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Well bcache is an option on 14.04. dm-cache (for which lvmcache is apparently just a friendly frontend) seems faster according to benchmarks but seems quite painful to use directly. That should still be an option if you like, but it's a slog. You could manually update (or find a PPA for) lvm2. This package is largely just a toolchain for exploiting Kernel ...


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You can install GRUB to your SSD using the command sudo grub-install /dev/sdb.


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Your SSD is considered "removable media" by UEFI, so the place for the bootloader which UEFI runs is actually /EFI/Boot/bootx64.efi from the SSD's EFI partition. You might have to copy the Ubuntu bootloader(s) from /EFI/ubuntu there and rename them to bootx64.efi. If you are running secure boot, copy /EFI/ubuntu/shimx64.efi to /EFI/Boot/bootx64.efi and ...


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You don't need to make any partitions on the HDD, just leave some empty space before starting the installer. What probably happened is that you selected you HDD to install on and it had no free space available and it asked if you wanted to use the whole drive. You probably mist this and clicked next.


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When you installing Ubuntu, don't select "Install It alongside Windows 7". Look at the last line, you will see "Something else", select It and now, you can see partitions in your HDD. Select partition you want and click "Install now".


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Answered by OP in original question: Finally got it to work! I am not quite sure what does it, but after installing Gummiboot AND updating Grub2 it suddenly started to recognize my .efi files. According to efibootmgr I now have three entries: BootCurrent: 0001 Timeout: 1 seconds BootOrder: 0001,0004,0005 Boot0001* UEFI: ADATA SX900 Boot0004 ...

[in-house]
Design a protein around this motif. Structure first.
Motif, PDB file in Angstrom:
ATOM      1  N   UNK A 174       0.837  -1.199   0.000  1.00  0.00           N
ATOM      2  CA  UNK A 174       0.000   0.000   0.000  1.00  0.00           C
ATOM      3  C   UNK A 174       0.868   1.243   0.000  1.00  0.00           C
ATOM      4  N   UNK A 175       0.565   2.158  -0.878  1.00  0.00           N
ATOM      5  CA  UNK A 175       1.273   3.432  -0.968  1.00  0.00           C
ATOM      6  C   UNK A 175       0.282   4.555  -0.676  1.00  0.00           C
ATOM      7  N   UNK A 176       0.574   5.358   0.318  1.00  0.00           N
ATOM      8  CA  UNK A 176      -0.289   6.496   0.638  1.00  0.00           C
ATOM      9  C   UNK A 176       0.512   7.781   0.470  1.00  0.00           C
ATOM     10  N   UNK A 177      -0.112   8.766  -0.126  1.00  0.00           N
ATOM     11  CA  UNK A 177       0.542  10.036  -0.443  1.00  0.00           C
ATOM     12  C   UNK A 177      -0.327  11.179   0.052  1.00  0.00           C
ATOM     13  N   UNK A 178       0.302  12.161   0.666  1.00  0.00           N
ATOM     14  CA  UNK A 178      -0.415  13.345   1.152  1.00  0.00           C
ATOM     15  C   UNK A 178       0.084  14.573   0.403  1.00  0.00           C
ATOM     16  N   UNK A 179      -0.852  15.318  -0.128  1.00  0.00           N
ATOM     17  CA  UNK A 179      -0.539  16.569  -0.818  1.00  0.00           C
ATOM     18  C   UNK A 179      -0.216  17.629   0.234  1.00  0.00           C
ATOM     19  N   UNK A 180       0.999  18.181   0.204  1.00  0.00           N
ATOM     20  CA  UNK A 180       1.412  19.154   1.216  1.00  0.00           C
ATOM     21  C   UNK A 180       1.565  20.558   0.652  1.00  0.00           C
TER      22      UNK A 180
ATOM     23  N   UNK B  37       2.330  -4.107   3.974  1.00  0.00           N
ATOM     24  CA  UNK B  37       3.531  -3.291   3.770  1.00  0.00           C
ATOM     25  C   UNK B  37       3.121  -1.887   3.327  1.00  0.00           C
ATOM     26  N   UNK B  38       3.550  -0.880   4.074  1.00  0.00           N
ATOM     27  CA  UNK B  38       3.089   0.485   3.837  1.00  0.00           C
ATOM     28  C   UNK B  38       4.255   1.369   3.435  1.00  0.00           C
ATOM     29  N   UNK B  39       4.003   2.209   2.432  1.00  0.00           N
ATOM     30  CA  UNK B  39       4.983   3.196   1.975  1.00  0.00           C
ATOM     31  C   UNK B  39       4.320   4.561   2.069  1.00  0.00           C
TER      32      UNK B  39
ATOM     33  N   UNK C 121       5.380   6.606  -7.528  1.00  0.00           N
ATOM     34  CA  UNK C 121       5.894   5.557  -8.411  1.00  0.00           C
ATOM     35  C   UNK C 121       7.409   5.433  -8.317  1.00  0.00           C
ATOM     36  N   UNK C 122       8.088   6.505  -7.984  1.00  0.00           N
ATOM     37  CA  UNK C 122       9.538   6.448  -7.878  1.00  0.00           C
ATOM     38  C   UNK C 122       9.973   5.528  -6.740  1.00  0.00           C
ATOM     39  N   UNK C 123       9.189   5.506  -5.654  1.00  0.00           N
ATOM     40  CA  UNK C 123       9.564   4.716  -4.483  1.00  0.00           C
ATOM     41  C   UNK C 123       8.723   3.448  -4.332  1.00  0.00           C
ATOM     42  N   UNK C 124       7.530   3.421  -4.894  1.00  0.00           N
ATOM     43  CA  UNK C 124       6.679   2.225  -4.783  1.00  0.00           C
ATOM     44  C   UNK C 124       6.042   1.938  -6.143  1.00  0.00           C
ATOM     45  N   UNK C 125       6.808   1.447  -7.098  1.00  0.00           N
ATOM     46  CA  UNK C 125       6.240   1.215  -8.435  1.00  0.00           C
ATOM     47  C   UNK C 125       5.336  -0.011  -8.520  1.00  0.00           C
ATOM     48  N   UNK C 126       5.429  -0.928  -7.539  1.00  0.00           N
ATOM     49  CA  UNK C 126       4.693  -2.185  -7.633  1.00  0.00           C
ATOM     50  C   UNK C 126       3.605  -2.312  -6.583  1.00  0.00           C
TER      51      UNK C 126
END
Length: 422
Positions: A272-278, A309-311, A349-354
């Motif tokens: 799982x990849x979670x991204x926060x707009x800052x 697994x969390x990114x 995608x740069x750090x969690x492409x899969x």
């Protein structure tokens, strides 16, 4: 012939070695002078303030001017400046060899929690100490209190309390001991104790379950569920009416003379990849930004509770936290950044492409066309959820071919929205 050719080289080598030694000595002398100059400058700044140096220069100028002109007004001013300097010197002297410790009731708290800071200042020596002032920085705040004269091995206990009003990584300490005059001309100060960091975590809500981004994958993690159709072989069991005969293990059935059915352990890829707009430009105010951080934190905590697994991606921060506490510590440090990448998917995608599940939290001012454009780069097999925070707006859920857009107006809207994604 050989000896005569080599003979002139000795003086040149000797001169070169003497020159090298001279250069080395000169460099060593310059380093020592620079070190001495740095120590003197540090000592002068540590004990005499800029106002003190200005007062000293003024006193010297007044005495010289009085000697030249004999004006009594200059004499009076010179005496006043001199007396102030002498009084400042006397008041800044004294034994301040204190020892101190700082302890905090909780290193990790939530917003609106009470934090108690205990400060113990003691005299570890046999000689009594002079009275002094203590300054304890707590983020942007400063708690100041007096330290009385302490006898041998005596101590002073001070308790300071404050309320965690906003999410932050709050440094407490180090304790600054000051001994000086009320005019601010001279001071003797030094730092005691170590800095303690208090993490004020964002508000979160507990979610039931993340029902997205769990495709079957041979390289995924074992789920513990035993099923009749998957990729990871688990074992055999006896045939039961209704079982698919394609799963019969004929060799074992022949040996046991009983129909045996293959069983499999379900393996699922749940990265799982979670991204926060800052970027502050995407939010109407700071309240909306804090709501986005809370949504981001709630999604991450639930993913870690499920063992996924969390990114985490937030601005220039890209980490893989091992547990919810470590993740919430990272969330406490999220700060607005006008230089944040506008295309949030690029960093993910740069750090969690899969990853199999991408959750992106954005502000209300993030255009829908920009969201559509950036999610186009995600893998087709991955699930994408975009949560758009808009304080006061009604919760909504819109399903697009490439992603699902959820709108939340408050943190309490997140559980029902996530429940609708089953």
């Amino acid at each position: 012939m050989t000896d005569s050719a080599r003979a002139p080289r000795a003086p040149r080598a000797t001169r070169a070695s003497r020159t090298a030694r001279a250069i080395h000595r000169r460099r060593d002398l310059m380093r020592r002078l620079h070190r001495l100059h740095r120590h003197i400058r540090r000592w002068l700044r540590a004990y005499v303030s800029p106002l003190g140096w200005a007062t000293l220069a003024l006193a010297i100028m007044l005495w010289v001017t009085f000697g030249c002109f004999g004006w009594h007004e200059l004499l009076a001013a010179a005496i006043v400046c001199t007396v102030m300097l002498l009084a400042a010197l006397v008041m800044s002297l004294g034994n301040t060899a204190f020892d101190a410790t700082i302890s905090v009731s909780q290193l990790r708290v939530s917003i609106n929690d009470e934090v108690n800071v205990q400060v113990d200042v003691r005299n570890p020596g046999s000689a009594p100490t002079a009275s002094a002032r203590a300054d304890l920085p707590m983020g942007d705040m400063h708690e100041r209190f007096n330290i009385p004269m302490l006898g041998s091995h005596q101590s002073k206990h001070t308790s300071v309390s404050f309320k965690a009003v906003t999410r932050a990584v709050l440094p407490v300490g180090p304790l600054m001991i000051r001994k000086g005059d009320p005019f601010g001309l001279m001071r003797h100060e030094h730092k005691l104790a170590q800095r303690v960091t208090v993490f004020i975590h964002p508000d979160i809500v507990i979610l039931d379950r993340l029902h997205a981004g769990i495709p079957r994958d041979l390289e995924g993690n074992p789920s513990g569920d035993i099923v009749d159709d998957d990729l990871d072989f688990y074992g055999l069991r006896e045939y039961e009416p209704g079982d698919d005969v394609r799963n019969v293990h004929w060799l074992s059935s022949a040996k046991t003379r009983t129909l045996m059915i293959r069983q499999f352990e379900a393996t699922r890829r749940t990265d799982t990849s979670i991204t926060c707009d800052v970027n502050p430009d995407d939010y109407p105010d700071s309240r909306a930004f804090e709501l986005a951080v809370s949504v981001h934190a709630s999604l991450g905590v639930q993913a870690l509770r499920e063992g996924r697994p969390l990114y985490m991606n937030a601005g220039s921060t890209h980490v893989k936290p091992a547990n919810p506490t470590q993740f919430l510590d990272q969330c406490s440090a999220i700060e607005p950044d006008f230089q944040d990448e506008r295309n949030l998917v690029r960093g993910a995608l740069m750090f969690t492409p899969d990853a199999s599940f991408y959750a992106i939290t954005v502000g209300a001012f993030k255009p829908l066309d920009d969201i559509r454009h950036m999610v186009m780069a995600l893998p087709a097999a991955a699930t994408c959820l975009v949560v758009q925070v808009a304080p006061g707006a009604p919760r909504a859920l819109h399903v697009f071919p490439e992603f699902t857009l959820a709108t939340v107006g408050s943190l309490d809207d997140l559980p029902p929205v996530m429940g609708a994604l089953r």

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For quick booting, you would want it to boot from the SSD. Usually /boot is 300 to 500MB, put this on the SSD at the beginning. I normally suggest / (root) of 20 or 25GB also on the SSD (After the /boot). Now you can add /home or data partition(s) onto the 2TB drive. Hope this helps


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Slightly different suggestion. Not necessarily better. Each user has to decide how he will use system. I prefer to have / (root) on SSD but not a separate /boot or any other system partitions. And I leave /home inside root so the user settings are also on the faster drive. But then create data partition(s) on rotating drive for all data and link data back ...


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You will have two options to Chose when you are going through the install You can encrypt the entire drive and at boot it will require a password at each boot in order to work and will then proceed to boot normally. this is the most secure way to lock down your PC you can just encrypt your Home folder where you store documents and pictures and other files. ...



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